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One of the component of making of SECP256K1 signatures, is a random number that is later multiplied by the generator point in order to be used in further computations.

If we imagine that k - is the random nonce number and G - is the generator point, then:

From Programming Bitcoin by Jimmy Song

What's the length of k (random number), in bytes, bits?

However, I am trying to find the answer in the Bitcoin core source code, but it's kind of hard to read and could find an answer to it there.

    /* Generate an ECDSA signature `noncefp` and `ndata` 
allows you to pass a * custom nonce function, passing `NULL` 
will use the RFC-6979 safe default. * Signing with a valid context, 
verified secret key * and the default nonce function should never fail. */
    
    return_val = secp256k1_ecdsa_sign(ctx, &sig, msg_hash, seckey, NULL, NULL);
    
    assert(return_val);

I am not sure where is k located in the code.

Also curious about other things:

Has anyone successfully replicated, mimicked the k for signatures, where k is not known?

Has anyone successfully "mined", or brute forced a k for signatures?

Is it possible to brute force the k by randomly generating random number with the function/algorithm being implemented in bitcoin core? (I suppose it is RFC-6979 or something)

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What's the length of k (random number), in bytes, bits?

256 bits.

The number k (also called the nonce) in ECDSA must be an unpredictable value, indistinguishable from uniformly random among the set of all valid private keys. For secp256k1, that range is from 0x1 to 0xfffffffffffffffffffffffffffffffebaaedce6af48a03bbfd25e8cd0364140, inclusive. Since the lower bound is so close to 0, and the upper bound is so close to 2256, just using a uniform 256-bit value will always be valid k, except with negligible probability.

Has anyone successfully replicated, mimicked the k for signatures, where k is not known?

If you can successfully guess the k value used in a signature, you can compute its private key. For correctly-functioning wallet software, this is hopefully impossible to third parties.

Has anyone successfully "mined", or brute forced a k for signatures?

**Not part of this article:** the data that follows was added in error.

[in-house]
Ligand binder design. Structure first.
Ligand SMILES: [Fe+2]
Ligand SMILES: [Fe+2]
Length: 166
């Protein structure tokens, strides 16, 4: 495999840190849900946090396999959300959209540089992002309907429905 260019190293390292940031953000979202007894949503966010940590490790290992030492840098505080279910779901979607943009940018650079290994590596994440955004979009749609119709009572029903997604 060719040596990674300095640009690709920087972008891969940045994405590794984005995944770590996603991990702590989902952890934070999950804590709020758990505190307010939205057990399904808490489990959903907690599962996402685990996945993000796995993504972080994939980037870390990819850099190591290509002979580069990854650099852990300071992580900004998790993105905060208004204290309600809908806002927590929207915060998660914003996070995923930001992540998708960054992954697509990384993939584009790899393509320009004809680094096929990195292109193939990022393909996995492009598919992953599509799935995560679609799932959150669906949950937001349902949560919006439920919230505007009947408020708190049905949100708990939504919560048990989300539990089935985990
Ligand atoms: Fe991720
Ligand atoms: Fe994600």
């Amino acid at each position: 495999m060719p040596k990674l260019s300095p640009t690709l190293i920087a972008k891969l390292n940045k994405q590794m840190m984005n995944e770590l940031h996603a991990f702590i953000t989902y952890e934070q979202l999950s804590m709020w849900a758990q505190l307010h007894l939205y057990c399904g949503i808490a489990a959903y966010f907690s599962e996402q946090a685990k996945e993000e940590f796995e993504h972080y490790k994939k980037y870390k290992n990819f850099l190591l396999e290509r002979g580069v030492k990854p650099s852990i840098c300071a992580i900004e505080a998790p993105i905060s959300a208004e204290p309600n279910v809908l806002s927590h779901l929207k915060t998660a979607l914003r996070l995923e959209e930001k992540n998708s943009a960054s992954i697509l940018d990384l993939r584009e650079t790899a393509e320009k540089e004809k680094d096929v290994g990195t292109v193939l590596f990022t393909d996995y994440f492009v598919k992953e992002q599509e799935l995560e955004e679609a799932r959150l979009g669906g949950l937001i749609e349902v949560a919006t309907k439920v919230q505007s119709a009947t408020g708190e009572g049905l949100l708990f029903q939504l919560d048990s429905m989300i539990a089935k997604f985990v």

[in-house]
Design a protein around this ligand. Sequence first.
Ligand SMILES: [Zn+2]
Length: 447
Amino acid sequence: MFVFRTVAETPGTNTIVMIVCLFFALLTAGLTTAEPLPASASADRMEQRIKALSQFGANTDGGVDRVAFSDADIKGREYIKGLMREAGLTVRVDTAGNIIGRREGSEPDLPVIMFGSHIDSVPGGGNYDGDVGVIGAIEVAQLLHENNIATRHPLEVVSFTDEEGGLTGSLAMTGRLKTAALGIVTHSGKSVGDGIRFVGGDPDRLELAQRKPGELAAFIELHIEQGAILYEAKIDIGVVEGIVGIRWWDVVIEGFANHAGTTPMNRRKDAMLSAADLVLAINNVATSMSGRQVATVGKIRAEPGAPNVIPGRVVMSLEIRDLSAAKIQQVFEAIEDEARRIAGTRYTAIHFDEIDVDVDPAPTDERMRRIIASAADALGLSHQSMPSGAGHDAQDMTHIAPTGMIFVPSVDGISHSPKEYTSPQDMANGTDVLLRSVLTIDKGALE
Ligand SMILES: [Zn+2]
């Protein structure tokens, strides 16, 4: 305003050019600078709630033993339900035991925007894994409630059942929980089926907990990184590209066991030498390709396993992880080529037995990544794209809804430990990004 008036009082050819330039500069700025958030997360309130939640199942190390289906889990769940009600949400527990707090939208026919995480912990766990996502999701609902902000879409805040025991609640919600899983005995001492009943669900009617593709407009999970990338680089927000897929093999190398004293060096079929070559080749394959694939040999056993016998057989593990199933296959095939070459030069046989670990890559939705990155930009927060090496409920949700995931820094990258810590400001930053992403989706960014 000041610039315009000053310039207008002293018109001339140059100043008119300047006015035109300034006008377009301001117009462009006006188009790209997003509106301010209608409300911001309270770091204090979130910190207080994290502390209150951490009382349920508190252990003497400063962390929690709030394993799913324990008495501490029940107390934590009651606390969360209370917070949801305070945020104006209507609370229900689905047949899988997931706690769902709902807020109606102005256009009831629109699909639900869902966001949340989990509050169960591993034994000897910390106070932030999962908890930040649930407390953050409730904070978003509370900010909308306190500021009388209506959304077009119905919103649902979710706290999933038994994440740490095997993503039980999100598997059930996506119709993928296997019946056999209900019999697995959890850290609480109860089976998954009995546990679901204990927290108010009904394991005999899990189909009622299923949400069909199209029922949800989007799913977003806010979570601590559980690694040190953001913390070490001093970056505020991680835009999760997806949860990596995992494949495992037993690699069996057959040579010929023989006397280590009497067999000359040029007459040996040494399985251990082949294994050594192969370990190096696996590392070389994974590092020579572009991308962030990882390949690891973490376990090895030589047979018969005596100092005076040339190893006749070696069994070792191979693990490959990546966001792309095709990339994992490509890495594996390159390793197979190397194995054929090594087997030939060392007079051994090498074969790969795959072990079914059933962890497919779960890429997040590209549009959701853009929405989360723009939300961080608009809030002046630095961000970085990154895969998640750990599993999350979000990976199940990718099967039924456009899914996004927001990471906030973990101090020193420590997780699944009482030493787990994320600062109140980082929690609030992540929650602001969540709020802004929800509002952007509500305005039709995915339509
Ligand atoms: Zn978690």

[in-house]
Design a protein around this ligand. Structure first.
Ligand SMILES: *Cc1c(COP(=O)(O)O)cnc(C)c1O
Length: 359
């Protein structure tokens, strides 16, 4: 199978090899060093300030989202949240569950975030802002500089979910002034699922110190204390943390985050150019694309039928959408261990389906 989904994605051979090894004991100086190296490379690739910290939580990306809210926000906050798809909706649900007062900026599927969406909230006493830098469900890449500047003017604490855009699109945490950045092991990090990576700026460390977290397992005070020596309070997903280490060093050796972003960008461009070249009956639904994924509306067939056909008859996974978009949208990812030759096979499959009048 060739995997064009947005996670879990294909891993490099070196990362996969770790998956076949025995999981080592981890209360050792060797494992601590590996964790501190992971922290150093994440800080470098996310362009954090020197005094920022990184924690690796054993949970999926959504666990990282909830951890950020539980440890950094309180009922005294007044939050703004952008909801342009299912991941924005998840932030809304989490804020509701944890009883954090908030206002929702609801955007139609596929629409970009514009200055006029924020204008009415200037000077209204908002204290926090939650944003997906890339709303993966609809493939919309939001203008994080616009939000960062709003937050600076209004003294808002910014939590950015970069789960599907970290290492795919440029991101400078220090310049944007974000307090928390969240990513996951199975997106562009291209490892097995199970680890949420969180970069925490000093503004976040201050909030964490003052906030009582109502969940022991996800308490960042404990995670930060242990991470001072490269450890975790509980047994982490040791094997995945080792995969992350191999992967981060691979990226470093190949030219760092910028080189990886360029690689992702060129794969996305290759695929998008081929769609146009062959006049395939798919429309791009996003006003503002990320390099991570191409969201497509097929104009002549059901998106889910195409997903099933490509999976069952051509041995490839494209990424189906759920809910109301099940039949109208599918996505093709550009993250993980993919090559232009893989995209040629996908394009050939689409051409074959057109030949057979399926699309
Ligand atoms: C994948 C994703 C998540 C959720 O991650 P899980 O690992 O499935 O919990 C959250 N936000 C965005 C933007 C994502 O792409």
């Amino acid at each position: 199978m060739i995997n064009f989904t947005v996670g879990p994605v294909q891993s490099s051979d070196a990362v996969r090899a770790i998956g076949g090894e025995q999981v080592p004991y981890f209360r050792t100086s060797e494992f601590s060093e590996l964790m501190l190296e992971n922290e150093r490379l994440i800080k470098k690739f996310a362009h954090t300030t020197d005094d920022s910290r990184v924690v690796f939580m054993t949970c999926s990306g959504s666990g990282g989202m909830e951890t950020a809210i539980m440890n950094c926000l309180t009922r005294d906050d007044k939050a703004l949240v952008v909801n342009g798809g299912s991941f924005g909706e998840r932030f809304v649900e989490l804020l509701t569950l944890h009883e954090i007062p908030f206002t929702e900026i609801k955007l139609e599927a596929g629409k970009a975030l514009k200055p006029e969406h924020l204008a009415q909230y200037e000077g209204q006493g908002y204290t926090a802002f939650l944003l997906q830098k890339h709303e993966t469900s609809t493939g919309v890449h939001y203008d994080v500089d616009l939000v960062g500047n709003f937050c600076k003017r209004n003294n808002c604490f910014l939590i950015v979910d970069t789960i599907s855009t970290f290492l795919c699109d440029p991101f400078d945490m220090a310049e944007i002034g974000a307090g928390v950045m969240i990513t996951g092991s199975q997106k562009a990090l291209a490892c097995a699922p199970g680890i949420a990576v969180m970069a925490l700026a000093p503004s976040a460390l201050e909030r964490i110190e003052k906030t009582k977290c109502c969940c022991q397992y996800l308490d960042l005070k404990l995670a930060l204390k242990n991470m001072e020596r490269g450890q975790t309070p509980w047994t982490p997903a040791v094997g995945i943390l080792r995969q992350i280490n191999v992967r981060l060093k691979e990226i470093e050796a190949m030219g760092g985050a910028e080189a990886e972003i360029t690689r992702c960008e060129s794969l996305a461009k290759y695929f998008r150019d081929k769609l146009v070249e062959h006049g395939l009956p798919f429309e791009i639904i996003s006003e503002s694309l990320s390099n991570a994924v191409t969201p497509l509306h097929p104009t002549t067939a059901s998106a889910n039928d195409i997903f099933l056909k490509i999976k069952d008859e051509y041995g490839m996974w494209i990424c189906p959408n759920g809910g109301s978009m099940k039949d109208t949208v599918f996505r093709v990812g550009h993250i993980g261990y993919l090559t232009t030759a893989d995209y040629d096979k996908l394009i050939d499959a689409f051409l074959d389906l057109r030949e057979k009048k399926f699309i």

Brute forcing will only work against badly-generated nonces that are chosen from a very small range, which is probably fairly rare. There are other misuses of nonce creation however, which have occurred in practice, and have been exploited.

One of them is reusing the same nonce value twice with the same private key, for different messages. When identified, this allows computing the private key as well. This was used to attack the PlayStation 3 security (where every signature used the same k value).

More subtle nonce crimes, and a fairly advanced attack against them, is described in this paper.

Is it possible to brute force the k by randomly generating random number with the function/algorithm being implemented in bitcoin core? (I suppose it is RFC-6979 or something)

RFC6979 describes a derandomized nonce generation algorithm. Somewhat simplified, what it suggests is akin to using Hash(private_key || message) as nonce. This has the property that it is unpredictable to third parties (since they don't know the private key), and will never result in reuse for distinct messages under the same private key.

When nonces are generated this way, and you don't know the private key, trying to brute force is hopeless. Computing the private key from the public key using an algorithm like Pollard's Rho, and then solving for the nonce, would be many orders of magnitude faster than trying to brute force the nonce directly.

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  • Thank you for the explanation! Aug 18 at 9:41

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